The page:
As it turned out, I got lucky and after her husband passed away, Sarah was living in 1910 with her daughter Minnie B, who had 3 children by a Mr. Fuller and was now married to a James H. Miller. Her daughter Amanda is also with them in 1910.

But that is getting into the weeds of research, which was not why I started this essay.

I wanted to think about, to talk about the way they lived back then. 1880 was only 133 years ago. Hardly a blink in terms of history. I mean, the other day a 103 year old woman was on the news chatting away with her interviewer. My mom and dad's grandparents were living in 1880.

How did they live? Consider John's family. He and his wife raised 9 children on just what they could get from the land. John was not paid a living wage. John did not have a 40 hour work week or paid holidays or paid vacation or paid sick leave or health insurance with his job. (And, as I well know from experience, neither do most self-employed people today). He did not have electricity or central heat or air conditioning either.

He probably heated his home with firewood, and if he got hot, the best he could do is drink a cold drink (with no refrigerators) or take a cold bath (with no running water). They fed their family with what they got from the ground and from their livestock, and with farm products that they sold. They had to can their own food, probably slaughter their own meat and churn their own butter and make their own clothes. Unlike me, they probably did not have a closet or three full of old clothes and multiple pairs of boots and shoes.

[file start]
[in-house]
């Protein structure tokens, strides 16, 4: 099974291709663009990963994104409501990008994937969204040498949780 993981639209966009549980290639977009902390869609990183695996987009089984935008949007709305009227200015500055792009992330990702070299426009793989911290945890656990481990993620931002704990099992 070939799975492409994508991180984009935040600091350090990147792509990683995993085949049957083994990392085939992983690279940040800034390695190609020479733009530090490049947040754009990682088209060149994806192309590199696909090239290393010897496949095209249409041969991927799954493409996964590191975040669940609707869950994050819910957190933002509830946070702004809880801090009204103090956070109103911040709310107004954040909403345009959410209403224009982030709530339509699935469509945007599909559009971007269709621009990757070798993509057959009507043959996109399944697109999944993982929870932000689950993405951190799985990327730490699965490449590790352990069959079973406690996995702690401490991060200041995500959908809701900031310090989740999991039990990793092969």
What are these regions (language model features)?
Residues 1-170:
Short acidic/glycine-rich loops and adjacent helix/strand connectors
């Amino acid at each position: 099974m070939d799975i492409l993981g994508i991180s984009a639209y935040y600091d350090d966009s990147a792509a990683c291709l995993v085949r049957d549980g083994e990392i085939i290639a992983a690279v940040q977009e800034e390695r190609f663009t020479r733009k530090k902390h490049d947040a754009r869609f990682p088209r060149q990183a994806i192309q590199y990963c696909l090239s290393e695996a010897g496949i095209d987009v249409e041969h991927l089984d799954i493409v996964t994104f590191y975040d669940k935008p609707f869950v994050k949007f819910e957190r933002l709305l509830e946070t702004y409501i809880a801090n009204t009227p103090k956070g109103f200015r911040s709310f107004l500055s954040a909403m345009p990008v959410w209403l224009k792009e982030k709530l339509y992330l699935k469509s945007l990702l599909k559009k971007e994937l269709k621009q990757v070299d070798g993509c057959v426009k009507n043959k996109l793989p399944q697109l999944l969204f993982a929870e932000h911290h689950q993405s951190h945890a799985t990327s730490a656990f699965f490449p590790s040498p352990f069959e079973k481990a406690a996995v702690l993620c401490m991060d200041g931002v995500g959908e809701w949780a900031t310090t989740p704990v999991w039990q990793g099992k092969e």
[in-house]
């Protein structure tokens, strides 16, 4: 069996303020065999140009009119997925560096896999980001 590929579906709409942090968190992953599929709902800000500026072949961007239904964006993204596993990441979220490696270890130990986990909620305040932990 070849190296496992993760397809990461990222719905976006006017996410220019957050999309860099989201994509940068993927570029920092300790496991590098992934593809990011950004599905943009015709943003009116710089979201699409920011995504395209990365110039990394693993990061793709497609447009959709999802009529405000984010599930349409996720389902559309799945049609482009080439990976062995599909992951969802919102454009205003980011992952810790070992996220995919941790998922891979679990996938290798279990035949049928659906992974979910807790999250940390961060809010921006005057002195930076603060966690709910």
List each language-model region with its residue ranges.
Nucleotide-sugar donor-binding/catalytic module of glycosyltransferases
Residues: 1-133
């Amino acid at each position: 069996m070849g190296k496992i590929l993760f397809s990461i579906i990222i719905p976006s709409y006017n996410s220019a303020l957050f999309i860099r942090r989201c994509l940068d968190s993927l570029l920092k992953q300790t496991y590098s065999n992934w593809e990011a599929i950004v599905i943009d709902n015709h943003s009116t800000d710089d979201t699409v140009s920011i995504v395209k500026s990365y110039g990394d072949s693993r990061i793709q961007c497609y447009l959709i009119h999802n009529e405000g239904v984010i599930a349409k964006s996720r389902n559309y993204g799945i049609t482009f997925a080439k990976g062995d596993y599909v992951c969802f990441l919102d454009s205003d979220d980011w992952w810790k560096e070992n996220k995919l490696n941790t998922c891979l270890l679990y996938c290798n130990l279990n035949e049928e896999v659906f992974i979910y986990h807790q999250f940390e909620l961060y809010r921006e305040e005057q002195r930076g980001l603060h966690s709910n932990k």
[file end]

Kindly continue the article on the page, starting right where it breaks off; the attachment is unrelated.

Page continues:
Think of Sarah giving birth to 9 children between August 1853 for the first and June 1873 for the last. No such thing as an ultrasound and likely almost no pre-natal care.

Think of what the kids did not have. No bicycles (invented in the 1860s). No skateboards. No board games. No such thing as basketball or football (baseball though, dates to before 1850 but how readily was equipment available - balls, gloves, bats?) And in some ways they are better off too, because there was no such thing as four square either. No such thing as a radio, a television, an ipad, an ipod, a computer, a VCR, no playstation (although I guess pong was invented in about 1872) (see how old I am, I remember pong). no records, no CDs (I guess they did have these things called 8 tracks) and very few musical instruments. There were very few public libraries, if any.

Not much in the way of schools. The 1940 census tells me my dad's maternal grandfather (born in 1860) had a 4th grade education, his wife had a 6th grade education (but their daughter graduated from the University of Wisconsin in 1927 (yes, my grandma rocks!) Dad's paternal grandfather (born 1875) had a 10th grade education and his wife had a 6th grade education. Only one of my mom's grandparents lived past 1940, her paternal grandfather, who had an 8th grade education.

It was like living in North Korea, there was no such thing as Coca-cola. No such thing as a la-z-boy. No such thing as McDonalds (all you hitchhikers try not to pass out when you consider that reality) or Amazon. Billions and billions of consumer items that we are able to buy today, including DVDs of Carl Sagan's TV show, were not available in 1880 even if they could afford them with their average income of perhaps $3,000 a year. John lived to be almost 80 and Sarah lived to be 87. Did they think life was hard or that life was good, or both at various times?

Something to think about. There has been a lot of improvements and inventions in the last 130 years, and in spite of the unfairness of those at the top grabbing a gigantic slice of the pie thanks to Reagan, we do still have it pretty good in San Dimas these days. If only we would be excellent to each other. Drop one of us back in 1880 and we would have no doubt about the hardness of life back then. Today, we have lots of benefits and advancements that we perhaps do not appreciate enough. Even advancements in justice. In 1880, Sarah could not vote. She lived long enough to see women's suffrage. Did she register and vote in the 1920 election before she died in 1921? Or just celebrate the progress?